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I was very creative from a young age. I was a shy introverted child and i would amuse myself by creating fantasy worlds in my head. Elaborate narratives with colorful characters that would write their stories for me. I would escape into these worlds whenever I could.
My 3rd grade teacher was very art minded and we always had at least one project going in class. I remember paper maché, silhouette art, snowflakes, and many more. It was a school year of color, when my social life was drastically curtailed by another kind of color; the blossoming racism among my peers.
In high school, depressed and using regularly, I found additional refuge with kindred spirits in art classes. They helped me survive this unhappy period of my life. I remember once painting a rose black and taking note on who thought I was weird and who appreciated it as I meant it, luckily my art teacher got it so I stayed on. I was also finding a new exciting creativity in expressive writing and received alot of praise from my teachers and peers. And then I discovered photography. I became very interested in/obsessed with it and would have lived in the darkroom if I could have. I loved the smells, the alchemy, the quiet darkness, the warmth. And I was hidden.
And then as a rebellious 20-something I tried my hand at graffiti. Not very well, but I tried. And if you've ever tried it you know there is a freedom and exhilaration involved, not only in doing it, but seeing it day after day and month after month, and recognizing to yourself "I did that!". I still look on graffiti as one of my favorite art forms. When my son was young we had a wall on the way to school that graffiti artist would change regularly. It always felt like a gift when a new piece sprung up overnight and we both looked forward to it very much.
After going on my own extended vision quest through the streets and drugs of Seattle, SF, and L.A. I finally made it to the other side and obtained a BFA in painting and another on printmaking at the University of Washington. This was an exciting involved time for me, I was given keys to the building so that I could work whenever I wanted. I learned style and class and honoring my work from Michael Spafford, and innovation, curiosity, risk taking, and process over product, from Curt Labitzke. My two most influential teachers.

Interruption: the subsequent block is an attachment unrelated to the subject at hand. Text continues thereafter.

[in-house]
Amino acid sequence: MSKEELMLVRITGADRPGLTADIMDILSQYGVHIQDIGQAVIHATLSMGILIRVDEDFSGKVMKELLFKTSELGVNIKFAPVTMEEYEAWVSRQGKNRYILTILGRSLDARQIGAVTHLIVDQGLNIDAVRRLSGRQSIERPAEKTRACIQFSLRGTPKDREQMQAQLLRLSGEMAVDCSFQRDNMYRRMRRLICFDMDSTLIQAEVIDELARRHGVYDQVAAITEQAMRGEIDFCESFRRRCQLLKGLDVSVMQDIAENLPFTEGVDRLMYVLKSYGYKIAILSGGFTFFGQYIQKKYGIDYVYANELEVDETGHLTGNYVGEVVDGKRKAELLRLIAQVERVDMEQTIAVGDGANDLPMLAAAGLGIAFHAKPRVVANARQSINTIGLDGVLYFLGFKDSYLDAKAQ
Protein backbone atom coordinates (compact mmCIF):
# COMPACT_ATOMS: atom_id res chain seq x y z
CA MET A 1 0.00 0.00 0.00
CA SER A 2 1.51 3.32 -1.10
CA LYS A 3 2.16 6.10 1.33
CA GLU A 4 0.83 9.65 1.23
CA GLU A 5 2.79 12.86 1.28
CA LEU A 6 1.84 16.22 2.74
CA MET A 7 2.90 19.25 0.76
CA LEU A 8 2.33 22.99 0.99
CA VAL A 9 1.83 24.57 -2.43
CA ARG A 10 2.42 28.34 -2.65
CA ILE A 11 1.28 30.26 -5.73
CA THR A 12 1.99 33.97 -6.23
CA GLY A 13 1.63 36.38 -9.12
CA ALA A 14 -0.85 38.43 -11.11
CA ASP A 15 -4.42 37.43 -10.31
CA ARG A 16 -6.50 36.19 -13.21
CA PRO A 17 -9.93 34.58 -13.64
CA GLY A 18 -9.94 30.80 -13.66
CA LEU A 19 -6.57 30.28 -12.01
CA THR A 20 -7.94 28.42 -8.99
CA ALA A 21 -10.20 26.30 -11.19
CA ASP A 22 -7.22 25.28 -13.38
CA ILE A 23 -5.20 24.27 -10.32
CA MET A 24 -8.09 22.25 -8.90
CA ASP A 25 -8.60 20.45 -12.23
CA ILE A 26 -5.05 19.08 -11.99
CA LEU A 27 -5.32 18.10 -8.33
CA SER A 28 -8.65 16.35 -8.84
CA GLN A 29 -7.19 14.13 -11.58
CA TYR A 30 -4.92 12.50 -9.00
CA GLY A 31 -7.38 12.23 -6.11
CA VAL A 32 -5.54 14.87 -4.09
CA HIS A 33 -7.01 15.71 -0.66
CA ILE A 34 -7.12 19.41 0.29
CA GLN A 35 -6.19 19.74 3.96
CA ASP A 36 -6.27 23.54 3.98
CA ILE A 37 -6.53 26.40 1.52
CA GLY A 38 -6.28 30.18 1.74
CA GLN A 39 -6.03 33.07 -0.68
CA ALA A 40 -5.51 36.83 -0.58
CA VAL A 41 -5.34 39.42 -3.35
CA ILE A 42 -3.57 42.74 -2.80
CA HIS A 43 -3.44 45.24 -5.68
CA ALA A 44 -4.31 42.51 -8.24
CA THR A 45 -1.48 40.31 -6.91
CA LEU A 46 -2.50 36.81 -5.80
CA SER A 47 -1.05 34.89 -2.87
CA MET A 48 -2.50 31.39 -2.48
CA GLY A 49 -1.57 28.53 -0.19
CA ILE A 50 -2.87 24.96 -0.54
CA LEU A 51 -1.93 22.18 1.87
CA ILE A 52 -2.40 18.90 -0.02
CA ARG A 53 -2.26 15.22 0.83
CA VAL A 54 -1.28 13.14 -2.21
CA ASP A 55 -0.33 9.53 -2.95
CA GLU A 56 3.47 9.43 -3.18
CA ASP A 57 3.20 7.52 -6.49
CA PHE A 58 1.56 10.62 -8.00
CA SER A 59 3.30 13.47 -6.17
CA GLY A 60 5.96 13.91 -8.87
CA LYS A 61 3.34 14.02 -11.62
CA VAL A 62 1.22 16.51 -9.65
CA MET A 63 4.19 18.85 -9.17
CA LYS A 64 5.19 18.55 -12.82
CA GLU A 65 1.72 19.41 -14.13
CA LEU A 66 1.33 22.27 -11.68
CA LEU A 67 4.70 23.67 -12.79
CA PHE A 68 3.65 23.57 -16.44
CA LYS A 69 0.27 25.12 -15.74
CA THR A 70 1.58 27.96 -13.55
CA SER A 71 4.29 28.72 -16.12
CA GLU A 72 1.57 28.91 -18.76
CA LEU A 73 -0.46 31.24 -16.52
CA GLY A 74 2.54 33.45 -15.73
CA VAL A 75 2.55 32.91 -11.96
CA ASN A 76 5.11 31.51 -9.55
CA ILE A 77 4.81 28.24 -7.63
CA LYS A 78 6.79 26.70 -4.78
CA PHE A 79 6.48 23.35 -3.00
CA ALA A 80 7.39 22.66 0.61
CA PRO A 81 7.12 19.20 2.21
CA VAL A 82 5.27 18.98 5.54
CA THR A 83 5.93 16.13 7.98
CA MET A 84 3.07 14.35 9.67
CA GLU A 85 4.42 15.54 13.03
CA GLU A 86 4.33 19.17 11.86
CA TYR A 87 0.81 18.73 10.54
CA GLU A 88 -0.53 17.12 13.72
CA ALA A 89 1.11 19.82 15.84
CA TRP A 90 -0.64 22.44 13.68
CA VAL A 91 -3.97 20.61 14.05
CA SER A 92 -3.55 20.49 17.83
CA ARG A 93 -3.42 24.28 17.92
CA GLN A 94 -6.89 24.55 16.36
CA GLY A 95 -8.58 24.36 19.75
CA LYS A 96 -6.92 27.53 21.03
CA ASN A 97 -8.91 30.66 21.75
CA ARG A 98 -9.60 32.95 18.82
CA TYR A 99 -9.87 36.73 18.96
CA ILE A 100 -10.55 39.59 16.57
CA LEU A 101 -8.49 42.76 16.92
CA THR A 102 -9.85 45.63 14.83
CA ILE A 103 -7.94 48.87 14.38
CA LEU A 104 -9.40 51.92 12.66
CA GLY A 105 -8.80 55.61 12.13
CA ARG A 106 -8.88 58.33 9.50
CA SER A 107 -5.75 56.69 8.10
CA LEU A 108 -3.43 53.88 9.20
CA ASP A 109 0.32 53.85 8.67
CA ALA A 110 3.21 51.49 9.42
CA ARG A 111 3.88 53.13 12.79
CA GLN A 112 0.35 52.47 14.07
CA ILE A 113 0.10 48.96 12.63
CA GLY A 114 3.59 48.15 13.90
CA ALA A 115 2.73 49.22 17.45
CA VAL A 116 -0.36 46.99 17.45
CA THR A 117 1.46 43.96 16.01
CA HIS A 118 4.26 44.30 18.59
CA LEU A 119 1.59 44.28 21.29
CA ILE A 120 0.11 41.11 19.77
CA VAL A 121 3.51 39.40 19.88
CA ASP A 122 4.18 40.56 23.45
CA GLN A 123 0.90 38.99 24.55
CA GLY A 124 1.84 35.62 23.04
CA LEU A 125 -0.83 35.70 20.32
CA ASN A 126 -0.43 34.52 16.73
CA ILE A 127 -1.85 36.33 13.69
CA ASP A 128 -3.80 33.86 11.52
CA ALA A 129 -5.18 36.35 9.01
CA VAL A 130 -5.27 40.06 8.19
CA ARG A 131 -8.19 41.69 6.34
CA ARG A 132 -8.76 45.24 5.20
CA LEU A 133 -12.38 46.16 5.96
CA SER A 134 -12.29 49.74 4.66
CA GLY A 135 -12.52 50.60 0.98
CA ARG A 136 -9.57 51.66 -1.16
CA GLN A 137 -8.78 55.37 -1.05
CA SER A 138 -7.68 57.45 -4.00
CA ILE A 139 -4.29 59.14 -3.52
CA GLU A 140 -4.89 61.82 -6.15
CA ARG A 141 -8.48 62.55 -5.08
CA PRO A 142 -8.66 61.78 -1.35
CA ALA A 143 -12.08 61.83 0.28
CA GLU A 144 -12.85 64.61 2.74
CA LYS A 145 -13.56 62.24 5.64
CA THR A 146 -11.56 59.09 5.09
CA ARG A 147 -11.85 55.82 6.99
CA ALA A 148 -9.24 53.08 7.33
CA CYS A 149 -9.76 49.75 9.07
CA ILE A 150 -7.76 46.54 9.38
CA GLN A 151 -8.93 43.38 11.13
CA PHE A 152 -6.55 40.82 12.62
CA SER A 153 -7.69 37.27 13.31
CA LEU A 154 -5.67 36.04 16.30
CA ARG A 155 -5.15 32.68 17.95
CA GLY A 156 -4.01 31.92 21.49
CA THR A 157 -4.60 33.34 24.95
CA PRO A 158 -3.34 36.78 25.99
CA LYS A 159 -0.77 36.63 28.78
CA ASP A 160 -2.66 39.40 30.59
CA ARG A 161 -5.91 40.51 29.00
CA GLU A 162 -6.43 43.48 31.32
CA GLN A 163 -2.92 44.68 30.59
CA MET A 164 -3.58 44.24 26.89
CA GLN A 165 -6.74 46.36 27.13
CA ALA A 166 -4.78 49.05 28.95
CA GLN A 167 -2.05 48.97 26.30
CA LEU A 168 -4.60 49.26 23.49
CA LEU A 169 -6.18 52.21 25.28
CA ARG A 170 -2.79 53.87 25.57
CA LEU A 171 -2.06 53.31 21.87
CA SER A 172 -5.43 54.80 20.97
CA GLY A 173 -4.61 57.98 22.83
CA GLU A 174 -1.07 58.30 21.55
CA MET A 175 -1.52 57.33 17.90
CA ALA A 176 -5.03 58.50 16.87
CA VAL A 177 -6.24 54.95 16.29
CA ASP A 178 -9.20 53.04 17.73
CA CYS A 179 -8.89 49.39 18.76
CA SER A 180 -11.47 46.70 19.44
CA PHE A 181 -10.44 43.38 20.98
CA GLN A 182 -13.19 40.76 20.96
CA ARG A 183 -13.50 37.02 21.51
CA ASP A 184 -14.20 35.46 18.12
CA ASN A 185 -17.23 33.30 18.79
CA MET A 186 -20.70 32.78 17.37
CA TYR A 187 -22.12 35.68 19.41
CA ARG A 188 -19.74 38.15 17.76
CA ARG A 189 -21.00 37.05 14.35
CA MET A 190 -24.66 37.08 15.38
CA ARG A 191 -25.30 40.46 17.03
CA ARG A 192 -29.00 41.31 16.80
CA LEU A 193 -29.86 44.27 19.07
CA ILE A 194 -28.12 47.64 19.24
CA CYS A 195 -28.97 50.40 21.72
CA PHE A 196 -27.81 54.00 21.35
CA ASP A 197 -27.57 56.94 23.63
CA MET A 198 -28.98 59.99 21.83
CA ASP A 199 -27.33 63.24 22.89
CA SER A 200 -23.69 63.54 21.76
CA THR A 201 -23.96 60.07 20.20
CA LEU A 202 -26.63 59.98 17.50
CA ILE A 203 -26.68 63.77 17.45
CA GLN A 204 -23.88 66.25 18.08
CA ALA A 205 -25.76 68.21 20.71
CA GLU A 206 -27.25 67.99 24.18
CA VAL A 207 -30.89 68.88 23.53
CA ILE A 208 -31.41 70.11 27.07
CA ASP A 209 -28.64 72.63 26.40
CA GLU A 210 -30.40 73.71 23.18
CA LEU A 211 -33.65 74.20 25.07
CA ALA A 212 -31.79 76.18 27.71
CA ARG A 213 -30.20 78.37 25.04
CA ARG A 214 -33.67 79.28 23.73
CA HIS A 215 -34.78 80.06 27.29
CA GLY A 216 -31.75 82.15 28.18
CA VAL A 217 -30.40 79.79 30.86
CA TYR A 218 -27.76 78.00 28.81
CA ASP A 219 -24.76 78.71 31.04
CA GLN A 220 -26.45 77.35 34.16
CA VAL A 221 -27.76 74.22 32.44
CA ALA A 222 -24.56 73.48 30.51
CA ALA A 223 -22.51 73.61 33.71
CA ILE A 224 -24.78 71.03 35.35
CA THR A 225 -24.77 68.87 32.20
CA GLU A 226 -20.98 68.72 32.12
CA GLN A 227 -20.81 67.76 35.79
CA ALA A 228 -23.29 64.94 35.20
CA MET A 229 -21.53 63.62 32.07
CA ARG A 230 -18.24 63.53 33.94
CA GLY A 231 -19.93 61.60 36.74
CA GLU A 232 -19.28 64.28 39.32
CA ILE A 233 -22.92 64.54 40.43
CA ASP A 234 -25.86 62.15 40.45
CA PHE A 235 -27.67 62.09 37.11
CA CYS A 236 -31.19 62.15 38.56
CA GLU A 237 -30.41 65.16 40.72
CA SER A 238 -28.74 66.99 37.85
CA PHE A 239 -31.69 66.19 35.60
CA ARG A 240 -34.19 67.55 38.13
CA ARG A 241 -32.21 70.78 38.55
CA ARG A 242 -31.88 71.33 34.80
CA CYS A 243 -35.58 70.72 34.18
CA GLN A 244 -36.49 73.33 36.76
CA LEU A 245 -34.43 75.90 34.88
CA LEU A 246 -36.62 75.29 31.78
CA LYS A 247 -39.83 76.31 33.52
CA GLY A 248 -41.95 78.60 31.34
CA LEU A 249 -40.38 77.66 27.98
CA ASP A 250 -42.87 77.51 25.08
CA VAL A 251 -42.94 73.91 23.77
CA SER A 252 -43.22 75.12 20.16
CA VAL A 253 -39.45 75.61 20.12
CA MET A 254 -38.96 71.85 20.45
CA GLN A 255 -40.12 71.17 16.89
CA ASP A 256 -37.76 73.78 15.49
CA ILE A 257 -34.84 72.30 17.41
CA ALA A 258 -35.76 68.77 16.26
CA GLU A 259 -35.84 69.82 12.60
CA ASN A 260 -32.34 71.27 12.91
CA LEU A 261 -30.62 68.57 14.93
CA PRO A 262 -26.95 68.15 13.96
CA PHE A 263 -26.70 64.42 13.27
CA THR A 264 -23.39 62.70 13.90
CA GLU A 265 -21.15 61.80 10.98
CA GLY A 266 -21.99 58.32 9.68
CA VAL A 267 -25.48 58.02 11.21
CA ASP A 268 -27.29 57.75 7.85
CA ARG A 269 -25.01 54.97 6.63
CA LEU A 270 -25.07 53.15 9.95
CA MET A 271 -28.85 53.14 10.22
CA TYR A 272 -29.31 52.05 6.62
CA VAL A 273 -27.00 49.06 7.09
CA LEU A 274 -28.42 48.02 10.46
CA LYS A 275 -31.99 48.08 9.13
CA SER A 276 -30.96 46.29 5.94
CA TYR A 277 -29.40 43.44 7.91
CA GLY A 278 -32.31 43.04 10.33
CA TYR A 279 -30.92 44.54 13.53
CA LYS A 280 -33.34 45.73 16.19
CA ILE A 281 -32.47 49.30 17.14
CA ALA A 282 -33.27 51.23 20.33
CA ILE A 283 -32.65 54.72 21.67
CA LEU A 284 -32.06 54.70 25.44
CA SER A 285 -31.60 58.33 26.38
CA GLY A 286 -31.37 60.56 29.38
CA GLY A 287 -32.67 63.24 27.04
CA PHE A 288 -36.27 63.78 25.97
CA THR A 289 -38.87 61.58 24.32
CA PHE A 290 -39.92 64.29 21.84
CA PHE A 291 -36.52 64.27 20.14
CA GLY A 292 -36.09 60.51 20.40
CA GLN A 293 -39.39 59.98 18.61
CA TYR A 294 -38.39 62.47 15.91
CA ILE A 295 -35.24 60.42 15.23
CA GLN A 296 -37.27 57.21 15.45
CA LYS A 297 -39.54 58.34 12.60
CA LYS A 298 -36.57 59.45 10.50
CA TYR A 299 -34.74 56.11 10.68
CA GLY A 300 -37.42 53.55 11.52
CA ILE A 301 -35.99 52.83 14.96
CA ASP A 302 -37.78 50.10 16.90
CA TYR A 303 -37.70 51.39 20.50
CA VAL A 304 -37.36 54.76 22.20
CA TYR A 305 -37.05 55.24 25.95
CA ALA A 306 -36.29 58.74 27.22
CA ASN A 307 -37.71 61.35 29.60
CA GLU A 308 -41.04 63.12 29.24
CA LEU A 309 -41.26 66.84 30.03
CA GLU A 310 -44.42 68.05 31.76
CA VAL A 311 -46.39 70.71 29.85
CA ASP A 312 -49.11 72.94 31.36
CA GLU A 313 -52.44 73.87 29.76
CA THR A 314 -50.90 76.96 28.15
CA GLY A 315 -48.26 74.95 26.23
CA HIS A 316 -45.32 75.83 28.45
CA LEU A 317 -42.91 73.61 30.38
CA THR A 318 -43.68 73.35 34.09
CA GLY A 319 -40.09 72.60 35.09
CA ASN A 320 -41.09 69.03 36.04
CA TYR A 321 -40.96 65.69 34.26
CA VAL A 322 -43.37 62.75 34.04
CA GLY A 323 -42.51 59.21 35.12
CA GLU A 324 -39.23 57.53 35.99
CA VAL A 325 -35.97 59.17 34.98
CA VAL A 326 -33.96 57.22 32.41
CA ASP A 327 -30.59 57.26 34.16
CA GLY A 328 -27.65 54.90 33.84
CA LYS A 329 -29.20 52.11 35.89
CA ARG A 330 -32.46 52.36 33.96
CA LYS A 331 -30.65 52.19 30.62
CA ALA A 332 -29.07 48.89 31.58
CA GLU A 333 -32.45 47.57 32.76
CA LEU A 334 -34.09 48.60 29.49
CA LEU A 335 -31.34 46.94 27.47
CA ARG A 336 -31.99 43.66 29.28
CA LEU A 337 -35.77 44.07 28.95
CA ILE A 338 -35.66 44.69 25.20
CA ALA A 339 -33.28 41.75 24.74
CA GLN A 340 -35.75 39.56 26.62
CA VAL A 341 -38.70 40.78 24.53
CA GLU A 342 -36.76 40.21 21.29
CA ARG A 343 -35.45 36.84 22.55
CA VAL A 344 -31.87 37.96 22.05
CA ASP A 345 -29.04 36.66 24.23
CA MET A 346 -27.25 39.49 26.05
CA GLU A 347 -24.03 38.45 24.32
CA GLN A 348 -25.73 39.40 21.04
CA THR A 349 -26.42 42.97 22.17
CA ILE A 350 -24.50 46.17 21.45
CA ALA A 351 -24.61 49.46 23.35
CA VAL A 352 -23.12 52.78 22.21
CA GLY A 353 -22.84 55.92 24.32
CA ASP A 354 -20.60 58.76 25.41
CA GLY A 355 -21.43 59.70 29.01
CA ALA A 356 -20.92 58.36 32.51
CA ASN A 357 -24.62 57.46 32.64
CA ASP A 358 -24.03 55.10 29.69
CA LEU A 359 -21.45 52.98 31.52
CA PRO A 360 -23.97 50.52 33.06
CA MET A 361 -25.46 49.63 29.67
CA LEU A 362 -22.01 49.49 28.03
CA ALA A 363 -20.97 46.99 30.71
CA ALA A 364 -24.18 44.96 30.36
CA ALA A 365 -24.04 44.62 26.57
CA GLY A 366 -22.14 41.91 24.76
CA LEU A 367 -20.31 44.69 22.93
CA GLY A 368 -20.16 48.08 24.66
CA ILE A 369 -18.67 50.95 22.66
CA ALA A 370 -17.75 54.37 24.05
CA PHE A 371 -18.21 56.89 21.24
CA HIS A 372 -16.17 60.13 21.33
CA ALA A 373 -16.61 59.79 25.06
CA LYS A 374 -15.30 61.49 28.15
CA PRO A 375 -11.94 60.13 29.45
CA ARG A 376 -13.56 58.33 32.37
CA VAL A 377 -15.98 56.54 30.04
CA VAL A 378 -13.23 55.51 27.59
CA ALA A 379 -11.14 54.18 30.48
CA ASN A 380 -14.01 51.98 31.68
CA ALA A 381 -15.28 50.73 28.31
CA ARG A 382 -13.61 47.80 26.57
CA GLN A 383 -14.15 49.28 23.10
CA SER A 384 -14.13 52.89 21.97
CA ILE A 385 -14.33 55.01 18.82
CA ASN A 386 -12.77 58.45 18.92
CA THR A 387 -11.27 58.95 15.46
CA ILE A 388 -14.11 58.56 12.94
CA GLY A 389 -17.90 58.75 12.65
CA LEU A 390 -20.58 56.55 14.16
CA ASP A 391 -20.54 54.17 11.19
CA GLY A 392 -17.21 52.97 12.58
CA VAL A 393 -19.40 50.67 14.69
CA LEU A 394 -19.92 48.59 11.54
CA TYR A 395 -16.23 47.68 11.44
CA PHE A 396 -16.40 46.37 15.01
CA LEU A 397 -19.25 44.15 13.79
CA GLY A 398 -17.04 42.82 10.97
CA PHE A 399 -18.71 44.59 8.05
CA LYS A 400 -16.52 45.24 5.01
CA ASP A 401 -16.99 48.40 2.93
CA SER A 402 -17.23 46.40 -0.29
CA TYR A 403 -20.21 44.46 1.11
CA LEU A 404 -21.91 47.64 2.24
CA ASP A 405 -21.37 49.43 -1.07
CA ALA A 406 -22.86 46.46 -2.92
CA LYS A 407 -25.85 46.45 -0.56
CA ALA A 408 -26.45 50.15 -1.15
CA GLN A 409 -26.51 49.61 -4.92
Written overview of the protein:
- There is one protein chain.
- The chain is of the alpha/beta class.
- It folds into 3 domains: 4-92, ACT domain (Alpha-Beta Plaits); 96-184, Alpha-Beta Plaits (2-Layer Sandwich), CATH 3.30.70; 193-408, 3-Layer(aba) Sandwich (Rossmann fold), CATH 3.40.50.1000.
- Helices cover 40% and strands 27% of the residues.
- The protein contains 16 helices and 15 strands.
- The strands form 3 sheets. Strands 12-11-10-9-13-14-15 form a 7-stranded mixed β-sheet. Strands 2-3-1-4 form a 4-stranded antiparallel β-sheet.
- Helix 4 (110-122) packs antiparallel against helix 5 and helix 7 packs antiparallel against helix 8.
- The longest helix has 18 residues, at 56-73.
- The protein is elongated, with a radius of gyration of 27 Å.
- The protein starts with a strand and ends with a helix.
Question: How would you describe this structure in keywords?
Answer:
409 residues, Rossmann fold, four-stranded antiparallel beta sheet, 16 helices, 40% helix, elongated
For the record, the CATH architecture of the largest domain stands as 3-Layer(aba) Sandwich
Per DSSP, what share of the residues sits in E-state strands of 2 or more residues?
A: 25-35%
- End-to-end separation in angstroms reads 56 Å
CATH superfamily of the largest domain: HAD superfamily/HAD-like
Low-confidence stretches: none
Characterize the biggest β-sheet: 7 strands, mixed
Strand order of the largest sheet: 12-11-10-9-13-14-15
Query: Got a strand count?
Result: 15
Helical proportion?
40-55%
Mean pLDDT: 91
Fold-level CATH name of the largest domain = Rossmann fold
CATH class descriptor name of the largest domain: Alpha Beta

I moved to SF for grad school, but quickly became disheartened by the atmosphere I found myself in and dropped out. But not before exhibiting quite a bit in group shows and open studios, and apprenticing for a brief time at Precita Eyes Mural Arts, what a great place. I would have loved to continue there, but as a result of grad school I hit an artists block for the first time in my life, and stepped back from the art world.
But not from the art. I learned how to play again and enjoy the process, always living with a studio in my apartment, focusing on woodblock printing, and following my muse, working just enough to supply my art habit.
And then pregnancy. I was alone and motherhood was hard. I went back to my roots as a fine art drawer, I went to grad school to become an art therapist (and succeeded), then with my iPhone I began photographing again. Shows followed and my bff gave me a 35mm. And it took off from there!
Im still exploring, still wondering, still curious about what direction Ill be shown to next. What a beautiful journey.
I'm very happy to have opened this site up, and I hope you enjoy it too.
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Printing is done through Skyline Printing. They offer museum quality giclée prints on canvas and paper to local and national artists. With over 15 years experience in art reproduction, they reproduce fine artwork on high quality canvas and fine art papers. See their website for more info. https://www.skylineartprints.com/
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